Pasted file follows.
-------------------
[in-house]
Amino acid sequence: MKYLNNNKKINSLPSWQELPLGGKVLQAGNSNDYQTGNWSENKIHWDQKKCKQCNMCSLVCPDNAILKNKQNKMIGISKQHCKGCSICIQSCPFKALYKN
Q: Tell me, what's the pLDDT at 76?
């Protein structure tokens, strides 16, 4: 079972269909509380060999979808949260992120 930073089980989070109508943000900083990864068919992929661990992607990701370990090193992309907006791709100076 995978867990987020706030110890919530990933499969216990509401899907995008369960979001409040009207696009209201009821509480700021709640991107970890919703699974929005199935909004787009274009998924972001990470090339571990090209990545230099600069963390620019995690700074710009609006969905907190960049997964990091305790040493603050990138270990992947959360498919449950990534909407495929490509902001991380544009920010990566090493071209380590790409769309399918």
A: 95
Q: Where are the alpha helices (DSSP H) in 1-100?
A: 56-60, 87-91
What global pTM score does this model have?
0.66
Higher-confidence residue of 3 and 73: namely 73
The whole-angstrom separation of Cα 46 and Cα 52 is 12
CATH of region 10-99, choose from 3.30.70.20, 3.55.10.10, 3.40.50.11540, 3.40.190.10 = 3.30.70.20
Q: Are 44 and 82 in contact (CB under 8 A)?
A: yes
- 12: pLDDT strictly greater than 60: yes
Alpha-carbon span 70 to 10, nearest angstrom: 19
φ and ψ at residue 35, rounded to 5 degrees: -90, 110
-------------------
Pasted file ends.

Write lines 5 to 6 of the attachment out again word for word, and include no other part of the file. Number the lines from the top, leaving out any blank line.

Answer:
A: 95
Q: Where are the alpha helices (DSSP H) in 1-100?